It would be an exaggeration to say the government drove Christopher Baltz to break the law, but it definitely built the highway that took him there.
On April 9, 2014, Baltz was arrested in a sting operation in the Dania Beach area of Fort Lauderdale, Florida, after a longtime acquaintance requested his help stealing a safe containing money and heroin out of a motel room that he said belonged to a drug dealer. Baltz was addicted to heroin and in desperate need of money to fuel his habit.
Unbeknownst to Baltz, his accomplice was working as a confidential informant for the Broward County Sheriff’s Office.
The informant made it easy: chauffeuring Baltz door-to-door from his house to the motel and even giving him the key card he’d need to gain access to the room. The informant claimed he got it from a girl he was dating who worked at the motel as a maid.
Sheriff’s deputies recorded the burglary from a surveillance post in a room next door, the second time they’d run the scheme that week.
Baltz was charged with three felony offenses, including armed burglary after the deputies planted an unloaded firearm in the safe. He wound up pleading his case down; but it cost him $15,000 in lawyer’s fees to narrowly avoid a felony conviction. He served eight months on house arrest and remains on supervised release until September.
To the casual observer, Baltz, 33, fell prey to a string of bad choices, helped along by a shady associate and some overeager cops. But the theatrics that led to his only serious run-in with the law was the final act in a drama that began years earlier, when Baltz became collateral damage in a growing war against prescription drug abuse.
Baltz began using heroin after the opioid painkiller he was being prescribed for chronic pain became harder to obtain.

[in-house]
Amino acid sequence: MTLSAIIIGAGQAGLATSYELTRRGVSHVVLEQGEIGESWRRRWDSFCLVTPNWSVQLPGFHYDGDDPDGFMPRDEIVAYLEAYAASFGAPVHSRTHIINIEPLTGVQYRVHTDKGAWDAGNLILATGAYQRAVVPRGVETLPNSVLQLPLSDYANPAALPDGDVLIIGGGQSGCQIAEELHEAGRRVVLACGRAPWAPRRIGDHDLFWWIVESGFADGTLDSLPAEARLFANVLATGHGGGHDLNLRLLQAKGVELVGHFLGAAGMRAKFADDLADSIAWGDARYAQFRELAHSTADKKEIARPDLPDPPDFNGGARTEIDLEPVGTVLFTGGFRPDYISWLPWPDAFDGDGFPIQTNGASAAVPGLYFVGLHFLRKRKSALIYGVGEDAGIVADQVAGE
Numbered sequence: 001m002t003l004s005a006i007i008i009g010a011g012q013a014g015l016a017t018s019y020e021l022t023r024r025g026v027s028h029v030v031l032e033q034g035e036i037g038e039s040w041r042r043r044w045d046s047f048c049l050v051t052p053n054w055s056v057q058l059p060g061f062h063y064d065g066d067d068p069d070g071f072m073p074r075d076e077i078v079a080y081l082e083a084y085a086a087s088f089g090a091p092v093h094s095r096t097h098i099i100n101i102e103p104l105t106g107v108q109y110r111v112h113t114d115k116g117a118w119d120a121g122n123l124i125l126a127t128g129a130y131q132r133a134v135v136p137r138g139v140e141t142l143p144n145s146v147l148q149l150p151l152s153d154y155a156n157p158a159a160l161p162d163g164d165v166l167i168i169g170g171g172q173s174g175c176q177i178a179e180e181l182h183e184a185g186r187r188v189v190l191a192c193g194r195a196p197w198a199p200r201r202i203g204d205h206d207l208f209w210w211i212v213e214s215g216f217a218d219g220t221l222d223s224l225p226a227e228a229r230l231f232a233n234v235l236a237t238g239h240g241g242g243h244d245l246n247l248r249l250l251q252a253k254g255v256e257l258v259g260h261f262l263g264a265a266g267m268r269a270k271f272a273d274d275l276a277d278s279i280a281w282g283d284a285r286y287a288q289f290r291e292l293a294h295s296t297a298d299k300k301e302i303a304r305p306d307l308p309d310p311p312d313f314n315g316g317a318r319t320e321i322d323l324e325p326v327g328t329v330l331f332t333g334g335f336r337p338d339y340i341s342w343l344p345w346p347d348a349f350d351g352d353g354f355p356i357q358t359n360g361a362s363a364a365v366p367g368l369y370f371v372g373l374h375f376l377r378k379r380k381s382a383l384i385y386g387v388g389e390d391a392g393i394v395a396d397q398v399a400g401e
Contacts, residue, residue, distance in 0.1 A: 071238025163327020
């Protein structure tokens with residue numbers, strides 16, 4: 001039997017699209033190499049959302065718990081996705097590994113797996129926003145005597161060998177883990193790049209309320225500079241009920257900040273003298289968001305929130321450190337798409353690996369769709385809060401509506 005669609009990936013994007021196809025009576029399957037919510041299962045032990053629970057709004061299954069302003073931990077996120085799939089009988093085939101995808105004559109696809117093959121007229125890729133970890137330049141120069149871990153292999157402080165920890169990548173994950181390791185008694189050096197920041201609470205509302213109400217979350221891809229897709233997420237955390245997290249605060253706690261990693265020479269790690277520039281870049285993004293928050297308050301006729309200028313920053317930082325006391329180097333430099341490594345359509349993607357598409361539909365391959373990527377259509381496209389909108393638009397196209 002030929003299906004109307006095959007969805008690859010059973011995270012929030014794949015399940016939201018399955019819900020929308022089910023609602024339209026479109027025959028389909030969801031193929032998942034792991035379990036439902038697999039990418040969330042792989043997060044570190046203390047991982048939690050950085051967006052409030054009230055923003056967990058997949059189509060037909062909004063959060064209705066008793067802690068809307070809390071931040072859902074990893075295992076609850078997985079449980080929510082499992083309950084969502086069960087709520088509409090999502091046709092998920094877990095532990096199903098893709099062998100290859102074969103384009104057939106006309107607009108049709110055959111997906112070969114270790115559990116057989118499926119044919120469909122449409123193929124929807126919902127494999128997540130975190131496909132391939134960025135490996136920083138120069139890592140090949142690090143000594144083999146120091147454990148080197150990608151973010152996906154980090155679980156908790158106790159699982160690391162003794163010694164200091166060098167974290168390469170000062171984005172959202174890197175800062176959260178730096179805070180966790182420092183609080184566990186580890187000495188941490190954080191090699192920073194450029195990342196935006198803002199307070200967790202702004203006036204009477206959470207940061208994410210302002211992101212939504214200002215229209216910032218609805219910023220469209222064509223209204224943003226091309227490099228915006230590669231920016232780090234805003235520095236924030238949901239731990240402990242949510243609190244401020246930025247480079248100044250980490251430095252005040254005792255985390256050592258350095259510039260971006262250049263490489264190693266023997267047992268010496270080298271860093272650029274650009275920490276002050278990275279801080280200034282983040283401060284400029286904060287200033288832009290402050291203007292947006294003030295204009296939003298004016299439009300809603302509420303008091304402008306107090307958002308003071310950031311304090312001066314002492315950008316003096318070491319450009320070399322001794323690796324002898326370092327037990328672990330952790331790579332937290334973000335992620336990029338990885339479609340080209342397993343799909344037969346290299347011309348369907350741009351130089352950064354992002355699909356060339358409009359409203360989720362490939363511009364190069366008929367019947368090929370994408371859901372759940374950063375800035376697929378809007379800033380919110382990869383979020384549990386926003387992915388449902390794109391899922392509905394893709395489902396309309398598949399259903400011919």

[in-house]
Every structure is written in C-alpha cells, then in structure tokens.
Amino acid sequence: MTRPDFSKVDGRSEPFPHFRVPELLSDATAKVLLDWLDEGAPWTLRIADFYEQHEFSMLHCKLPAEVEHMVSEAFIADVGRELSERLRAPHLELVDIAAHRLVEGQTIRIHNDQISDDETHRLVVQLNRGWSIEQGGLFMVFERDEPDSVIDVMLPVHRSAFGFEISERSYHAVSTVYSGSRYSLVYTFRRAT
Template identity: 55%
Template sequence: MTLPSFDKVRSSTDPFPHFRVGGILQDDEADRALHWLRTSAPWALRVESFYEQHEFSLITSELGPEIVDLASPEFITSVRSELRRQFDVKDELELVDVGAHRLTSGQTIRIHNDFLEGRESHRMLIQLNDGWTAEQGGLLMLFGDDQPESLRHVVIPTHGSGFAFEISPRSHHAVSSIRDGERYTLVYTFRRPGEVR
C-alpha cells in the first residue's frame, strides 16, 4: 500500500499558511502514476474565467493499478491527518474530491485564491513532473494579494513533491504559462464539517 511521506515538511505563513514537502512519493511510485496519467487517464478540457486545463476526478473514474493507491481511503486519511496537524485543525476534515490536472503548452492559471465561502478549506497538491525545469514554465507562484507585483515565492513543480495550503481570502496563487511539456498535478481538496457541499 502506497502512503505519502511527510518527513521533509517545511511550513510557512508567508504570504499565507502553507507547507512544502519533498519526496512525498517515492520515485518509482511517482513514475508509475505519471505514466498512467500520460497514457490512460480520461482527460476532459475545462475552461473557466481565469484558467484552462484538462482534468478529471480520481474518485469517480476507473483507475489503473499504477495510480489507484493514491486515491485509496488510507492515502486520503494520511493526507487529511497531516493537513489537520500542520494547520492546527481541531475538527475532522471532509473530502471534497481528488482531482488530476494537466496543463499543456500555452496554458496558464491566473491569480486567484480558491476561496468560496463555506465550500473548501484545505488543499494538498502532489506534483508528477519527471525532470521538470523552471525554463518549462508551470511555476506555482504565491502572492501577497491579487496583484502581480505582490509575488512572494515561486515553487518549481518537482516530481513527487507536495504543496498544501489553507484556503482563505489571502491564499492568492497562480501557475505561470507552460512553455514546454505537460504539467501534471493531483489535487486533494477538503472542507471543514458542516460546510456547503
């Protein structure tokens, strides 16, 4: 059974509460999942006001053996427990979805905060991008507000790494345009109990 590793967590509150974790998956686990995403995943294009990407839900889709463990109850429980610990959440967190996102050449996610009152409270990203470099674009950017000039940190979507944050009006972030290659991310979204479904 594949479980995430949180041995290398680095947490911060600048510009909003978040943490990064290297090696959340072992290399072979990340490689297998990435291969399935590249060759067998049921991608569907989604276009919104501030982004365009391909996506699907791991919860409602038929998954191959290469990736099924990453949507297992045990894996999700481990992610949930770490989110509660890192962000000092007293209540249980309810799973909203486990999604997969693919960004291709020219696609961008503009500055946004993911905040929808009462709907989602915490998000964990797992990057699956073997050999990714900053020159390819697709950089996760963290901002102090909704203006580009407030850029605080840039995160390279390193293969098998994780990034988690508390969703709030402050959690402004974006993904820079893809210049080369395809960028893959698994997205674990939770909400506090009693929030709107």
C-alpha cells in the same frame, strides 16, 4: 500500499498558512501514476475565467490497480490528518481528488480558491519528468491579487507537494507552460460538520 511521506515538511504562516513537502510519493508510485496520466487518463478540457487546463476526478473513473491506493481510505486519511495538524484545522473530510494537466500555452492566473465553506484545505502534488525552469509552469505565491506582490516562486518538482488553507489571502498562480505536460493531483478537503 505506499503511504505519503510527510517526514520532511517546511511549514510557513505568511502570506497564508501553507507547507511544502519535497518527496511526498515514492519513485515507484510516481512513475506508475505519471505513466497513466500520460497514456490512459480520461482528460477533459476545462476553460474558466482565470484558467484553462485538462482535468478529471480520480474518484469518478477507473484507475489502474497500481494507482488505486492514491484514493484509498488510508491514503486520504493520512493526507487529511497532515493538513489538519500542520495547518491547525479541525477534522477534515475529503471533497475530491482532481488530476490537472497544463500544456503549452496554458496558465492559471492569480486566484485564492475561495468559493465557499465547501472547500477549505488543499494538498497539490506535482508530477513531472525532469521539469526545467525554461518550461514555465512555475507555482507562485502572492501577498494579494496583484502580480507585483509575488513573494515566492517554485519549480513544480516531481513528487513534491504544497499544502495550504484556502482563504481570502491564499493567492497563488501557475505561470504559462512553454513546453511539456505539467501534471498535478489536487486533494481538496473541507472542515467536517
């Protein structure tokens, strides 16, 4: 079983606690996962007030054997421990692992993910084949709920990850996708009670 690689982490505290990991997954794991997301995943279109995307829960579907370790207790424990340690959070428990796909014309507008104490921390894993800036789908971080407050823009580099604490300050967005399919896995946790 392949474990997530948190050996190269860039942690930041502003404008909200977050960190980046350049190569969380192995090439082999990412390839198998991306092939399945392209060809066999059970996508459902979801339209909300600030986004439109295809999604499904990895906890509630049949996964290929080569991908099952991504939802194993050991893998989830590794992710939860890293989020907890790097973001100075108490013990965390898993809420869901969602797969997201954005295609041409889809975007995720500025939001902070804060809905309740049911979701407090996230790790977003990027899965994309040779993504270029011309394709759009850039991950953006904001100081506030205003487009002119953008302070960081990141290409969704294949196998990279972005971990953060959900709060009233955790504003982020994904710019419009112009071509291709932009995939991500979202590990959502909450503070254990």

Policymakers have redoubled their efforts to win the war on opioid abuse, as an unprecedented number of Americans continue to die of prescription drug overdoses.
The Centers for Disease Control and Prevention issued a broad set of recommendations in March for physicians and treatment facilities that dispense opiate medications. The same week Massachusetts Gov. Charlie Baker signed into law some of the most restrictive regulations ever governing the therapeutic use of narcotic drugs—including limiting first-time prescriptions for opioid pain medication to seven days worth of pills. At least six states have passed similar measures restricting the amount and potency of narcotic medications doctors can prescribe.
The goal is to keep potentially dangerous substances out of the hands of people who shouldn’t have them, but Baltz’s story is a reminder that sweeping public policy changes—even those with noble goals—often have unintended consequences.
Baltz was in his third year of treatment for chronic pain resulting from a severe motorcycle accident and was being prescribed a high dose of oxycodone when Florida Gov. Rick Scott declared war on the state’s robust pain management industry in 2011.
Florida had acquired a reputation as America’s pill mill capital. Nearly nine out of every ten oxycodone pills dispensed in the U.S. was prescribed by a doctor in the Sunshine State. Things were so bad that the media had taken to calling the interstate highway system in Florida the “Oxy Express.”
Scott’s crackdown led to the closure of some 400 pain management clinics almost overnight, while a coordinated effort by the Drug Enforcement Administration targeted pharmacies suspected of over-dispensing controlled substances.
This took the form of more aggressive enforcement of a decades-old federal mandate known as “corresponding responsibility” that holds pharmacies legally accountable for ensuring the drugs they dispense are being used for a “legitimate medical purpose.”
In theory, the policy is designed to add another check in the process of preventing drug abuse and diversion. In practice, it places pharmacists in the unwarranted position of policing doctors, and discriminating against patients on the basis of often arbitrary red flags (for instance, paying for their prescriptions in cash).